Romy Chung in Germany
Armed with a Fulbright Scholarship, an interest in medical journalism, contacts
with Austrian journalists, and a hard-won proficiency in German learned during her third
year of medical school, Romy Chung set off on a journey that brought her greater empathy
for patients, their stories, and a concern for the whole person. The focus of her study
was the treatment of cancer patients with European-style universal health care as compared
to care received in the United States. Here is Romy's experience in her own words:
"I will remember that there is art to medicine as well as science, and that warmth,
sympathy, and understanding may outweigh the surgeon's knife or the chemist's drug."
From the modern version of the Hippocratic Oath
Whether in the exam room as a medical student or in an interview with video camera in tow,
the focus is always on the patient's story – to think about what has happened, and
ultimately, to surmise the future. In my life as a medical student, soon to be entering
my final year of medical school, I try to taper the story down to a single, clean diagnosis.
But in this other life, as a Fulbright scholar and documentary filmmaker, I sit in front
of my computer, editing my video footage that compares the experience of cancer patients
in the Austrian and American health care systems and I know that I want the reverse.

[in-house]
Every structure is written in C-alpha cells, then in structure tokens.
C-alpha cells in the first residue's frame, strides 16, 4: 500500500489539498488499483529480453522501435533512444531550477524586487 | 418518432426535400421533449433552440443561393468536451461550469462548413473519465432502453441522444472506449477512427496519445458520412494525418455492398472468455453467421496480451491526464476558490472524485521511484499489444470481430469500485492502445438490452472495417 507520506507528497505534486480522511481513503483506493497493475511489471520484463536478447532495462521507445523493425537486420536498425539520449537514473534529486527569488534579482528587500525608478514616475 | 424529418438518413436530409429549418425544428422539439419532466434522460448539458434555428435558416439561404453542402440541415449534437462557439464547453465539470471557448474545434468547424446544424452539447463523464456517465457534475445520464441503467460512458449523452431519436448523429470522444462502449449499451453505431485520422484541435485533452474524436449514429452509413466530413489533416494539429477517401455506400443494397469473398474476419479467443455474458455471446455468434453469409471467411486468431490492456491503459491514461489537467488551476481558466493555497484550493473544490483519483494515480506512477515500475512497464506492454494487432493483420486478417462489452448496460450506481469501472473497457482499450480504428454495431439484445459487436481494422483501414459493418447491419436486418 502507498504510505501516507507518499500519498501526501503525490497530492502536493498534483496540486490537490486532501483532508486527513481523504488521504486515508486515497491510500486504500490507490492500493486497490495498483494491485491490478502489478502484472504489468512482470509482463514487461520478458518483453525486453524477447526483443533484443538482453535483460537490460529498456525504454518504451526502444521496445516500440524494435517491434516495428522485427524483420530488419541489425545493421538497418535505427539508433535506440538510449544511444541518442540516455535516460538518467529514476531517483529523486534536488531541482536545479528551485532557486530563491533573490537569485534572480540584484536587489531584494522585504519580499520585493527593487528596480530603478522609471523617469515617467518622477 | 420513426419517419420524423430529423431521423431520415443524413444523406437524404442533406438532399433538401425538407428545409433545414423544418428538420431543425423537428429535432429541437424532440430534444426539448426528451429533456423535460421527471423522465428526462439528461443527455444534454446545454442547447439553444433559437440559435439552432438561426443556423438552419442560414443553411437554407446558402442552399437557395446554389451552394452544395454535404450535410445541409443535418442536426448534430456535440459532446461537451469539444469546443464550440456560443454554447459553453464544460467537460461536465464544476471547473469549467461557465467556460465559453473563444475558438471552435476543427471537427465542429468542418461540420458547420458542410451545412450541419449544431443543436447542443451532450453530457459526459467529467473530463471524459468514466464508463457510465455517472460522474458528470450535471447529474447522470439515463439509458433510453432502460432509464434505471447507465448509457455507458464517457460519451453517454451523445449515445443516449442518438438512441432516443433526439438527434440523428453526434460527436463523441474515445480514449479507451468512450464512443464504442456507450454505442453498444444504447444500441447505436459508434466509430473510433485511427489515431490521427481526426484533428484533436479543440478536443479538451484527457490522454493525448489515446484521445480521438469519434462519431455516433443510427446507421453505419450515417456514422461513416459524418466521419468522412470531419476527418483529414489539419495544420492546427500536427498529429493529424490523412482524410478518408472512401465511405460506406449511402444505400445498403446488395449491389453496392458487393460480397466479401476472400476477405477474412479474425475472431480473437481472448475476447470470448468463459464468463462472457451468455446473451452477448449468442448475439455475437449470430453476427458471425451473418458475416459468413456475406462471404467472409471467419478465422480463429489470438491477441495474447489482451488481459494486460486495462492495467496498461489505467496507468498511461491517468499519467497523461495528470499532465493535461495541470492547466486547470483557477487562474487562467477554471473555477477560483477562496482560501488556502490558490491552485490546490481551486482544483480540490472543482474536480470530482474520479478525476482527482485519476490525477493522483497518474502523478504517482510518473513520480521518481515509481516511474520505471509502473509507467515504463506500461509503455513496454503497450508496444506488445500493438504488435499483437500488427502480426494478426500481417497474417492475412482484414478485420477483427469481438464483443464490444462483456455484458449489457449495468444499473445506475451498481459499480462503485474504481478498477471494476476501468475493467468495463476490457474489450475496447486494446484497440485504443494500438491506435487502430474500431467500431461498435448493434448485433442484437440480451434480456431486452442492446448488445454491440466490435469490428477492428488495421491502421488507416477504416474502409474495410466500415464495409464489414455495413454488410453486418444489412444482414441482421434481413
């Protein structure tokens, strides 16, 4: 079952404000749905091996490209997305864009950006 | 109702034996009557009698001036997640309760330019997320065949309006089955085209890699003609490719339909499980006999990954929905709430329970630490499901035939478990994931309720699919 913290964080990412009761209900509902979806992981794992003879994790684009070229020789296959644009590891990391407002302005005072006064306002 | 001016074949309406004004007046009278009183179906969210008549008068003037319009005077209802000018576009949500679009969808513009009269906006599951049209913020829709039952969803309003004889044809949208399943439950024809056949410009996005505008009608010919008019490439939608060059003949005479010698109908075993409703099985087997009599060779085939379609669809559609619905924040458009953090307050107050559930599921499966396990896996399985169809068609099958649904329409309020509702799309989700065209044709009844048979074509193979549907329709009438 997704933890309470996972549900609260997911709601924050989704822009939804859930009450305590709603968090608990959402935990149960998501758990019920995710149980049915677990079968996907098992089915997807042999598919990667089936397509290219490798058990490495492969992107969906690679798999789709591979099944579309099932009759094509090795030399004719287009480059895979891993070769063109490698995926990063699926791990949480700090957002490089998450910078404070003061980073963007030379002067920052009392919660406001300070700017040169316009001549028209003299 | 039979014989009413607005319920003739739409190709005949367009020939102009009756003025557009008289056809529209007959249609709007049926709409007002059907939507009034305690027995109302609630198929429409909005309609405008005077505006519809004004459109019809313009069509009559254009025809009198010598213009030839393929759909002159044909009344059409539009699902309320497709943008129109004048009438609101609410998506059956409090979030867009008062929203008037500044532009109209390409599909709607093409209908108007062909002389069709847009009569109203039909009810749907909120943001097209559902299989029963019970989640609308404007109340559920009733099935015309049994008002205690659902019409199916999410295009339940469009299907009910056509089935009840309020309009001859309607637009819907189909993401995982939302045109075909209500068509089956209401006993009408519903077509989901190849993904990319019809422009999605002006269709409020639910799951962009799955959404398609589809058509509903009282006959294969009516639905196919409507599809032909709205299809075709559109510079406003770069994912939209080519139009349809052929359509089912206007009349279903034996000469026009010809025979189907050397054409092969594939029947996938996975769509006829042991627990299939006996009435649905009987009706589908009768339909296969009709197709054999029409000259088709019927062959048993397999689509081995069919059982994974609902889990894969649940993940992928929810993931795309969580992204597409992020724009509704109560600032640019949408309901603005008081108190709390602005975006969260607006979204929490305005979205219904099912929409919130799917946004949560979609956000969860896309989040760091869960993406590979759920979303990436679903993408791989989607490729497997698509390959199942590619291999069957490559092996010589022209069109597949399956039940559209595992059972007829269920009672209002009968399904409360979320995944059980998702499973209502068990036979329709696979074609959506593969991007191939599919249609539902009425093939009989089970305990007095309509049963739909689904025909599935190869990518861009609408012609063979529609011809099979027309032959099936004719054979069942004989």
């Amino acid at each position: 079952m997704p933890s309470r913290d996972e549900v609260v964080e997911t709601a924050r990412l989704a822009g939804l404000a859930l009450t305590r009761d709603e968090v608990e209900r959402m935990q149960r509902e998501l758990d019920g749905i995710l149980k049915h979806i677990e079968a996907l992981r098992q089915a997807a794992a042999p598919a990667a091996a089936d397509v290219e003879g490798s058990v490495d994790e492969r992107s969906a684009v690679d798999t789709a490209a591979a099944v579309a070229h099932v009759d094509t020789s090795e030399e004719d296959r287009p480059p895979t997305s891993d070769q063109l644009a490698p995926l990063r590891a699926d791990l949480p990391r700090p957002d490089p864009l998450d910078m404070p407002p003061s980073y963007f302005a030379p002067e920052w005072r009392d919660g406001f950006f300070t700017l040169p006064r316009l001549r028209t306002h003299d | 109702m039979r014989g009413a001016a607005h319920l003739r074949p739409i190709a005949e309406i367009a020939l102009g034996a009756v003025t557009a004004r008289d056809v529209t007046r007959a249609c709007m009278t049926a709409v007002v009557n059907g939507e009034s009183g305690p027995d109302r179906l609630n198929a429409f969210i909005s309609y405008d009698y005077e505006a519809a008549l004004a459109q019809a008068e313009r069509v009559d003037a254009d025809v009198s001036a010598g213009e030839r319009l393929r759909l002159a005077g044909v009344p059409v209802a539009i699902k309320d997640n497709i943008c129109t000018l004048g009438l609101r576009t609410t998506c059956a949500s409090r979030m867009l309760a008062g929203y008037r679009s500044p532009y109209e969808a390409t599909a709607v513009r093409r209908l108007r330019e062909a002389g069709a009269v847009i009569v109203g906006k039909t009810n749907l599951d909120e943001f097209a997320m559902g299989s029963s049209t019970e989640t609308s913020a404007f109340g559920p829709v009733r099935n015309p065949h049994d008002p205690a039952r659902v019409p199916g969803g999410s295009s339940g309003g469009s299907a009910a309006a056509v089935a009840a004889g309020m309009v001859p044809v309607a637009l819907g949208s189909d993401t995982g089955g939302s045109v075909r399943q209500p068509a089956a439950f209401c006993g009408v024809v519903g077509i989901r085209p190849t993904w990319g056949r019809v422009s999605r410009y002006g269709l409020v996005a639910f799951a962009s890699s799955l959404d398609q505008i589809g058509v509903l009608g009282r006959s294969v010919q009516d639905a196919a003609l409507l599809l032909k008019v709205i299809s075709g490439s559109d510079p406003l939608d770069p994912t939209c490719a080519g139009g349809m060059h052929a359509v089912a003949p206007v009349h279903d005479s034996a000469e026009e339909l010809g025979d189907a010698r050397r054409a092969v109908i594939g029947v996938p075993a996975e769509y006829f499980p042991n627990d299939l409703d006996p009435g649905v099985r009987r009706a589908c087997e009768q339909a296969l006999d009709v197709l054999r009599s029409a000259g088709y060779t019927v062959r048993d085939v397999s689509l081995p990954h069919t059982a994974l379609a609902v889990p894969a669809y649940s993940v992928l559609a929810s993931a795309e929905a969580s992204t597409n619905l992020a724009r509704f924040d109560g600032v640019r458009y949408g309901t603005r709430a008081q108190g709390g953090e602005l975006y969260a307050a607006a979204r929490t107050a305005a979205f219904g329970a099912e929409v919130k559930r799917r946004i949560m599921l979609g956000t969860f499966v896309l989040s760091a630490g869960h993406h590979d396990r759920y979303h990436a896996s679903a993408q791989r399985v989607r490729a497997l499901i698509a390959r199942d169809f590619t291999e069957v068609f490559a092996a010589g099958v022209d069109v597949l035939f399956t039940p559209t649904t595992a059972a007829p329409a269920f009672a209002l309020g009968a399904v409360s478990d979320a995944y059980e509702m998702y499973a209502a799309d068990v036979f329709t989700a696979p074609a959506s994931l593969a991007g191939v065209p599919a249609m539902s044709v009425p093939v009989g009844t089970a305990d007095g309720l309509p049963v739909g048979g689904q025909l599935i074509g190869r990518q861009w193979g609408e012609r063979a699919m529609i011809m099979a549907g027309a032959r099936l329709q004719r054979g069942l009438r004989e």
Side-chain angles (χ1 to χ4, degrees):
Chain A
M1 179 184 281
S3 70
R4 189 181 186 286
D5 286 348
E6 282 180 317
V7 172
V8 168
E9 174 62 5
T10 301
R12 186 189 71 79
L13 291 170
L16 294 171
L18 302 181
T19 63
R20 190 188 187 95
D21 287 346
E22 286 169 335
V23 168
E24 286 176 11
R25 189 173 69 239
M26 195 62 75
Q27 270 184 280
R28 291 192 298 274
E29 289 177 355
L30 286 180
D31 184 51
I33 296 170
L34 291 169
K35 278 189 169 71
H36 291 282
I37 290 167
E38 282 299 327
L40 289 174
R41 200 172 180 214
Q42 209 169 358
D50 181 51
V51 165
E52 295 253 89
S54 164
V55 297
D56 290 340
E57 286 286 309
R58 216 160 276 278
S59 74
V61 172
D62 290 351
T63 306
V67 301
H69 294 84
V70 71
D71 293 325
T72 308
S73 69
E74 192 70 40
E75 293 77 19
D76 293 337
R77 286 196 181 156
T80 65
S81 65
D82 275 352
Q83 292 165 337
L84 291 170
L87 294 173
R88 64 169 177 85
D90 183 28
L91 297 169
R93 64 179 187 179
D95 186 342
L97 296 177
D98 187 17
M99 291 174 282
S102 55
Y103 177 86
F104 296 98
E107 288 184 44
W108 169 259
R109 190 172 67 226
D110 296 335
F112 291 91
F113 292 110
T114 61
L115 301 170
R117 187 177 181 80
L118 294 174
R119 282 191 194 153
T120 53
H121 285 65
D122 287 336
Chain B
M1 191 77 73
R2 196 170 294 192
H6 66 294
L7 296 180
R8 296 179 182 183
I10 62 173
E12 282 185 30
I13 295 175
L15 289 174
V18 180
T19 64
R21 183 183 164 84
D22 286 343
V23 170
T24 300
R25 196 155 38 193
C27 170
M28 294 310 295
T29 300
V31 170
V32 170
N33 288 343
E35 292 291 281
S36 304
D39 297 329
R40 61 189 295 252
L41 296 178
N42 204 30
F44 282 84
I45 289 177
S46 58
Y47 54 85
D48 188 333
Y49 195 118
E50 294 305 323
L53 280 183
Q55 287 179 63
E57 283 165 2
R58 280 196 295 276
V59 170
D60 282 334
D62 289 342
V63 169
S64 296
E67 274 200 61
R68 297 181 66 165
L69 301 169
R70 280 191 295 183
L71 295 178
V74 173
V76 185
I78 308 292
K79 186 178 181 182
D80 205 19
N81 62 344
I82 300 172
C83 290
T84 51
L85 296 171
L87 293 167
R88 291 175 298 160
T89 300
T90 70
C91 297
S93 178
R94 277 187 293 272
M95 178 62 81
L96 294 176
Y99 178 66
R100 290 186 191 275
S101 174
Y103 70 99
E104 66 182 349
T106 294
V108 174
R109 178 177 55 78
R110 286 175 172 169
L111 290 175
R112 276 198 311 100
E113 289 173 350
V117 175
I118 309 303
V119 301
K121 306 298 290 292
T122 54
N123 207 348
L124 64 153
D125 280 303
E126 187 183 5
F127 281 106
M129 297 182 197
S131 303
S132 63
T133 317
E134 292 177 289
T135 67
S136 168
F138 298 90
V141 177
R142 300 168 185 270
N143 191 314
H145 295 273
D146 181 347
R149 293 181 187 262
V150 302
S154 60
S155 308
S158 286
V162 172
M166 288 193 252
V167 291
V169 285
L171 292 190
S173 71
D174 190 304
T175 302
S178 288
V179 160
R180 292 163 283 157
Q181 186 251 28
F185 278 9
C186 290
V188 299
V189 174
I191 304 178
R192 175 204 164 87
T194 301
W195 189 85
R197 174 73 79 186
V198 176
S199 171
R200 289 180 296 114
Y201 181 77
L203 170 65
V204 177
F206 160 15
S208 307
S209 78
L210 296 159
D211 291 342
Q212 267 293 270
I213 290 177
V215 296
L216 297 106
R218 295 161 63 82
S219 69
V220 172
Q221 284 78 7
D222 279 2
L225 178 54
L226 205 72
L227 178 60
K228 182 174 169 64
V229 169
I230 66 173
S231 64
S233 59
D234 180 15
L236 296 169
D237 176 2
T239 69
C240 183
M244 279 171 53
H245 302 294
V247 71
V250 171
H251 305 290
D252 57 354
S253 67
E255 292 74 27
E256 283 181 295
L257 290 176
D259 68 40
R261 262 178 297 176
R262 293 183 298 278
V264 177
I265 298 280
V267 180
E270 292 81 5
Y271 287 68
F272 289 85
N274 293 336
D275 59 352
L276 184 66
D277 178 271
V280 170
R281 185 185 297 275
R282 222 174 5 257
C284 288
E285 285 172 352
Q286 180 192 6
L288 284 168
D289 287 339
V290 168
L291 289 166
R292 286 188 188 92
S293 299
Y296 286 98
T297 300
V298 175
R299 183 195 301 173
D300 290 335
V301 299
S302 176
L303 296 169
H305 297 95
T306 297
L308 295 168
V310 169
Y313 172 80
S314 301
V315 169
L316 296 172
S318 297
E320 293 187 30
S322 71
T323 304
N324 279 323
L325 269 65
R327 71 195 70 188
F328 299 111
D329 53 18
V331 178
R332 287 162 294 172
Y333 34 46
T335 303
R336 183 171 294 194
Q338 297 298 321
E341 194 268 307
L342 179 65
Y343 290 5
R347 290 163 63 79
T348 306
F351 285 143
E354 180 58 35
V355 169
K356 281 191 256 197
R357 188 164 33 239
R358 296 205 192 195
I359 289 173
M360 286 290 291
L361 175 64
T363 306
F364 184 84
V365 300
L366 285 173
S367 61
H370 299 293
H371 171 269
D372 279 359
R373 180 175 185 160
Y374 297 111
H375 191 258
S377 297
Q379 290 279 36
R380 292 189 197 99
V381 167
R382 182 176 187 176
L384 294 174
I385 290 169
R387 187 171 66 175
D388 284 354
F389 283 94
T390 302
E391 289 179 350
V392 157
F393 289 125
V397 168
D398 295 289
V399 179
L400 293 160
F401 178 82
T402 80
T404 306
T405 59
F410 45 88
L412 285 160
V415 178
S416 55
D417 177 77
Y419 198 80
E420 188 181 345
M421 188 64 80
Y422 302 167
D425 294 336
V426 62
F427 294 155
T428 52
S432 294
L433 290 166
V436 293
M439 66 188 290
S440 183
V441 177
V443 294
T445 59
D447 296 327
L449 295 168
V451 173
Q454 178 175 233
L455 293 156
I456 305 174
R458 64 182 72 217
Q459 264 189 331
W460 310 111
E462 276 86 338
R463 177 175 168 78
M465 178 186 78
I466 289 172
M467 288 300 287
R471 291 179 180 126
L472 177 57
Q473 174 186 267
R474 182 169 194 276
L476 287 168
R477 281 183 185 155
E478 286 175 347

I want these stories to expand and to comment on something larger than themselves.
I have become very good friends with the focus of my Austrian documentary segment, a
carcinoma-sarcoma patient. She is forced to ponder her mortality regularly: her
tri-monthly blood tests scour for signs of cancer relapse. But it was wonderful to
capture how it is truly life, not death, which occupies her. For the last four months,
we have been making monthly trips together to see something new in Austria and the
surrounding areas. In the course of these trips, I have filmed Styrian winelands,
Alpine mountains, Grazian restaurants, Slovenian churches.
In Austria, the land known for opera, Habsburgs, Arnold, and most importantly for my
project, universal health care, I did not know exactly what to expect from my cancer
patient interviews. This Fulbright full research grant and the connections I had in
the media and health system here gave me the opportunity to see medicine differently,
to look at the patient more than the diagnosis. As I readied myself to talk to some
very sick people early in the year, I never expected that this project, in turn, would
make me so much healthier and so much more open to life and its rewards. It has.
I'd like to give credit to my mentors:
Michael Fleischhacker, Director and Editor-in-Chief, Die Presse
Michael Krainer, Oncologist, Medical Universität Wien
Thomas Bauer, Professor, Journalism, Universität Wien
Fulbright Full Research Scholar, Medical Journalism
University of Vienna, 2007-08 Academic Year